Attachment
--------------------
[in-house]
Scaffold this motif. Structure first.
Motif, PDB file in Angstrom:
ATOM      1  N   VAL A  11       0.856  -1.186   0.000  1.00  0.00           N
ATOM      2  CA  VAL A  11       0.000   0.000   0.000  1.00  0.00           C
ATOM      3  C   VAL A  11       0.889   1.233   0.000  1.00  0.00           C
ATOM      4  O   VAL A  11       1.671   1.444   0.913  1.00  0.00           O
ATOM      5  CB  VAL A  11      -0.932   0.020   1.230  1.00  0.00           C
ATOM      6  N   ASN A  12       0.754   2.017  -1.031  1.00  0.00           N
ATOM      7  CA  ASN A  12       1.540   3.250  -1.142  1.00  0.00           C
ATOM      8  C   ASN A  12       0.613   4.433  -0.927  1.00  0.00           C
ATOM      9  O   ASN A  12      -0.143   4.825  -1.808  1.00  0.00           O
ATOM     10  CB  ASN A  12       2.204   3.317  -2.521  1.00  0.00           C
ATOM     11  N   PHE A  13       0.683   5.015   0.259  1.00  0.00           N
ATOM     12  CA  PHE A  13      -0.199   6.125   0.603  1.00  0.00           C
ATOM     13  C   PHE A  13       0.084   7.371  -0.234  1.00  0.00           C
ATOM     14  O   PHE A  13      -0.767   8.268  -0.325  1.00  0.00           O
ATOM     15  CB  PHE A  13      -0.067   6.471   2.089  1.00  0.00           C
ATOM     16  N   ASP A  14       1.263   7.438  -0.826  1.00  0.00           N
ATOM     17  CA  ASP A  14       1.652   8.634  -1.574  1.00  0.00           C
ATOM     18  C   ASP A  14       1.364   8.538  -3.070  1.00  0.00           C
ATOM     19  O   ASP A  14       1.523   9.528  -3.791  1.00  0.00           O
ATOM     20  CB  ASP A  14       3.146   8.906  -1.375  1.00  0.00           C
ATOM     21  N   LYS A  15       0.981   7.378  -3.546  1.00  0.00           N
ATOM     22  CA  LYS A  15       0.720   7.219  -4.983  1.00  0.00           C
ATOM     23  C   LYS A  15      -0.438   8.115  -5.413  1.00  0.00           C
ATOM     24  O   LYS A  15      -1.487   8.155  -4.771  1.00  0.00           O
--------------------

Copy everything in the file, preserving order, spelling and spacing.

[in-house]
Scaffold this motif. Structure first.
Motif, PDB file in Angstrom:
ATOM      1  N   VAL A  11       0.856  -1.186   0.000  1.00  0.00           N
ATOM      2  CA  VAL A  11       0.000   0.000   0.000  1.00  0.00           C
ATOM      3  C   VAL A  11       0.889   1.233   0.000  1.00  0.00           C
ATOM      4  O   VAL A  11       1.671   1.444   0.913  1.00  0.00           O
ATOM      5  CB  VAL A  11      -0.932   0.020   1.230  1.00  0.00           C
ATOM      6  N   ASN A  12       0.754   2.017  -1.031  1.00  0.00           N
ATOM      7  CA  ASN A  12       1.540   3.250  -1.142  1.00  0.00           C
ATOM      8  C   ASN A  12       0.613   4.433  -0.927  1.00  0.00           C
ATOM      9  O   ASN A  12      -0.143   4.825  -1.808  1.00  0.00           O
ATOM     10  CB  ASN A  12       2.204   3.317  -2.521  1.00  0.00           C
ATOM     11  N   PHE A  13       0.683   5.015   0.259  1.00  0.00           N
ATOM     12  CA  PHE A  13      -0.199   6.125   0.603  1.00  0.00           C
ATOM     13  C   PHE A  13       0.084   7.371  -0.234  1.00  0.00           C
ATOM     14  O   PHE A  13      -0.767   8.268  -0.325  1.00  0.00           O
ATOM     15  CB  PHE A  13      -0.067   6.471   2.089  1.00  0.00           C
ATOM     16  N   ASP A  14       1.263   7.438  -0.826  1.00  0.00           N
ATOM     17  CA  ASP A  14       1.652   8.634  -1.574  1.00  0.00           C
ATOM     18  C   ASP A  14       1.364   8.538  -3.070  1.00  0.00           C
ATOM     19  O   ASP A  14       1.523   9.528  -3.791  1.00  0.00           O
ATOM     20  CB  ASP A  14       3.146   8.906  -1.375  1.00  0.00           C
ATOM     21  N   LYS A  15       0.981   7.378  -3.546  1.00  0.00           N
ATOM     22  CA  LYS A  15       0.720   7.219  -4.983  1.00  0.00           C
ATOM     23  C   LYS A  15      -0.438   8.115  -5.413  1.00  0.00           C
ATOM     24  O   LYS A  15      -1.487   8.155  -4.771  1.00  0.00           O